Saturday, August 18, 2018

Just Disconnect Ep #7: Looking for Ground-water! (Final Ep)

“I declare this world is so beautiful that I can hardly believe it exists.” The beauty of nature can have a profound effect upon our senses, those gateways from the outer world to the inner, whether it results in disbelief in its very existence as Emerson notes, or feelings such as awe, wonder, or amazement. But what is it about nature and the entities that make it up that cause us, oftentimes unwillingly, to feel or declare that they are beautiful?

One answer that Emerson offers is that “the simple perception of natural forms is a delight.” When we think of beauty in nature, we might most immediately think of things that dazzle the senses – the prominence of a mountain, the expanse of the sea, the unfolding of the life of a flower.


Nature

the sky, the mountain, the tree, the animal, give us a delight in and for themselves

Most often, it seems to me, we find these things to be beautiful not because of something else they might bring us – a piece of furniture, say, or a ‘delicacy’ to be consumed – but because of the way that the forms of these things immediately strike us upon observation. In fact, one might even think that this experience of beauty is one of the bases for valuing nature – nature is valuable because it is beautiful.

It’s hard to overstate how much good nature does for our well-being: Study after study documents the psychological and physical benefits of connecting with nature. People who are more connected with nature are happier, feel more vital, and have more meaning in their lives.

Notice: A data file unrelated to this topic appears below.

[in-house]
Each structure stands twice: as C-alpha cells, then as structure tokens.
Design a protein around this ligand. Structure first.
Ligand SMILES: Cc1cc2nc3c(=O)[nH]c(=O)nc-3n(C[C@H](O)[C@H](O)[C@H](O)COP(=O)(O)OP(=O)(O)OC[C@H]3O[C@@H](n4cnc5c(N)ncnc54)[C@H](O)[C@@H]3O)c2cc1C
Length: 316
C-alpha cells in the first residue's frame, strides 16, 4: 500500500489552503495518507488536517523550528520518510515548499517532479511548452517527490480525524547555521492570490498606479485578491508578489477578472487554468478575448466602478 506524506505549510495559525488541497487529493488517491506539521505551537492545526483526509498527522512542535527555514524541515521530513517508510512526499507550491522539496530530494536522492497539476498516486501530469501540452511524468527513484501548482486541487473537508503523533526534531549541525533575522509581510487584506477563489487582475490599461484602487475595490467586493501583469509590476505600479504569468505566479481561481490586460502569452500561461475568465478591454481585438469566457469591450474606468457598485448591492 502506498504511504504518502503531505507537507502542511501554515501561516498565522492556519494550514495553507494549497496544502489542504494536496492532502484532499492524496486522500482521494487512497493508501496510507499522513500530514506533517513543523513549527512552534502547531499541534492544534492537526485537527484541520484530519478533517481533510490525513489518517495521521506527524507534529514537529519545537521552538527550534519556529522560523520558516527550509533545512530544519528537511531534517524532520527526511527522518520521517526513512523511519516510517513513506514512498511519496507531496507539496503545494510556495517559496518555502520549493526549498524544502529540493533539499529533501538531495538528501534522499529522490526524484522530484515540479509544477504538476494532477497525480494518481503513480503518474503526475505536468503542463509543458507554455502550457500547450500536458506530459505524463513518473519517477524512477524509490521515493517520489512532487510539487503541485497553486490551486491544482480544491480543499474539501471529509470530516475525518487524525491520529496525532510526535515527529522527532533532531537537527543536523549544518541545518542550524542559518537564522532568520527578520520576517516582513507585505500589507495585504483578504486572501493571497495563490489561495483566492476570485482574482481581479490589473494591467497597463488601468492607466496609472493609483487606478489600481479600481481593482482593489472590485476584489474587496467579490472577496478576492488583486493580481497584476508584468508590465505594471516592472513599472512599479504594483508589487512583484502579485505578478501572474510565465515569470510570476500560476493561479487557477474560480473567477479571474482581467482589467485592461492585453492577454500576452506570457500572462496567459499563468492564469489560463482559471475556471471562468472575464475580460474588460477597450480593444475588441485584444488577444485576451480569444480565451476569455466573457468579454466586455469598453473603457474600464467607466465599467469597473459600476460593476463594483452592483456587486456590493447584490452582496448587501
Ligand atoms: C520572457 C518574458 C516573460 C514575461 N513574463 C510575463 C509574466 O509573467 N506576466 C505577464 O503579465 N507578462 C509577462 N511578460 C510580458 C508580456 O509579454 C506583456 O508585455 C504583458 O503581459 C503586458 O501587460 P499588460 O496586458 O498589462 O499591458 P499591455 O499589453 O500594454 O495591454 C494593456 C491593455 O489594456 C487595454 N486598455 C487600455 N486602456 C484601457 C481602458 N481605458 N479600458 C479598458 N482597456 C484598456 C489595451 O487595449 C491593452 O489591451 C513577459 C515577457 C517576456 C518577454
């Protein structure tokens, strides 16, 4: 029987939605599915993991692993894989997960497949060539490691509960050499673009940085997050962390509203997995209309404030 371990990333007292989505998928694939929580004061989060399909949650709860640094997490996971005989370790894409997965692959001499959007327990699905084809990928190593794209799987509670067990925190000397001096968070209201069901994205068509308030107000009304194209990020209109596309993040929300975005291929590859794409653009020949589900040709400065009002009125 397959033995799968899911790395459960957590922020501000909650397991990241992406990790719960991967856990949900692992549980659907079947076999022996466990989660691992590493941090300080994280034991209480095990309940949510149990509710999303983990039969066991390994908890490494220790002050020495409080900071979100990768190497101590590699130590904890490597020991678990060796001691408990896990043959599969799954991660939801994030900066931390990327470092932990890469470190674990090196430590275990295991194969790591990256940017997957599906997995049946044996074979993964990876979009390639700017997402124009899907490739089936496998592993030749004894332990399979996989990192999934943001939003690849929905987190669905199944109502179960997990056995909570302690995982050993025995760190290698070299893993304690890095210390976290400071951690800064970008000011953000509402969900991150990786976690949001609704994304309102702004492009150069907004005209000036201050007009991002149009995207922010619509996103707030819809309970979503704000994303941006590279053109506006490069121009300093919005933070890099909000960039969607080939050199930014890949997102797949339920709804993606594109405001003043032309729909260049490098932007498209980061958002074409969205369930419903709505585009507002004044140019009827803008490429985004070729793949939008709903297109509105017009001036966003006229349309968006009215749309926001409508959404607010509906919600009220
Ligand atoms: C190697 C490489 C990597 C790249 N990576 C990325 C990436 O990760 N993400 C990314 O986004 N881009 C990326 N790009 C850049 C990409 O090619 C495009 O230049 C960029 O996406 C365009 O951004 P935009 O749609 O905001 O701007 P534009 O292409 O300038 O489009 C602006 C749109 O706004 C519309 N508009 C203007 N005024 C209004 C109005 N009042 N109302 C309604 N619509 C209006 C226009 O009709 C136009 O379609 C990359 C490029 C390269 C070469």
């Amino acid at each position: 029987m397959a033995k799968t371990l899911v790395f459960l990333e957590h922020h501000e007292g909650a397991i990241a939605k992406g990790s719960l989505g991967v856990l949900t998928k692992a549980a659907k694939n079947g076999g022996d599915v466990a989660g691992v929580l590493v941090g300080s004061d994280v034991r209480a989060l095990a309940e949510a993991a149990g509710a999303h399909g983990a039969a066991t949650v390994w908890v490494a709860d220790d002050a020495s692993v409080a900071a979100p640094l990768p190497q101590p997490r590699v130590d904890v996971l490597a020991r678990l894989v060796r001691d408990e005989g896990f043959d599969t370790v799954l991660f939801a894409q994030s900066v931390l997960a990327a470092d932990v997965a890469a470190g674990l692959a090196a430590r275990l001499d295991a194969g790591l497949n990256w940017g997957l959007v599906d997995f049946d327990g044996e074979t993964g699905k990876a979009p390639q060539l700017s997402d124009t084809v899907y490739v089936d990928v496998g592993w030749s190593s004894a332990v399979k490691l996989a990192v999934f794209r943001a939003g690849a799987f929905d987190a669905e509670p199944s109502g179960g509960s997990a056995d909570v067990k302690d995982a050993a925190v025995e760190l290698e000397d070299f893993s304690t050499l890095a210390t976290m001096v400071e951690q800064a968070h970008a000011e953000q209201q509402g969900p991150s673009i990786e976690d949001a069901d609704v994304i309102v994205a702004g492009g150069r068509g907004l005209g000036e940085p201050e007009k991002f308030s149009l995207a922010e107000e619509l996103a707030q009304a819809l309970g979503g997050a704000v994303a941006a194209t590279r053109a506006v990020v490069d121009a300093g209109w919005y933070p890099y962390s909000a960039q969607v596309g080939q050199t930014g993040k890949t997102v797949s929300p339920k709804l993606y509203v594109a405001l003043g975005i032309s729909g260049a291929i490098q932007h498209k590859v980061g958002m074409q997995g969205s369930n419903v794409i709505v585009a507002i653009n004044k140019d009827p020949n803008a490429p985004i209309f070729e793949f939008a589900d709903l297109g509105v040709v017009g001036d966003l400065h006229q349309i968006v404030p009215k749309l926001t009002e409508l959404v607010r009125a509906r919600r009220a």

Even in small doses, nature is a potent elixir: When their hospital room had flowers and foliage, post-surgery patients needed less painkillers and reported less fatigue. And merely looking at pictures of nature does speed up mental restoration and improves cognitive functioning.

These studies, along with hundreds of others, all point to the same conclusion: We stand to benefit tremendously from nurturing a strong connection with nature. Yet our connection to nature seems more tenuous than ever today—a time when our children can name more Pokémon characters than wildlife species.


Beautiful Scenery
It is widely accepted that we are more disconnected from nature today than we were a century ago, but is that actually true? A recent study we conducted suggests that it is—and that may be bad news not only for our well-being but also for the environment.

Our growing disconnection from nature :'(

"Just Disconnect" is a 7 Episode series where I go exploring nature and trying to
 connect with her. Yes, HER! 


Feel free to sit back and play the playlist and enjoy some amazing scenery.


Beautiful Gif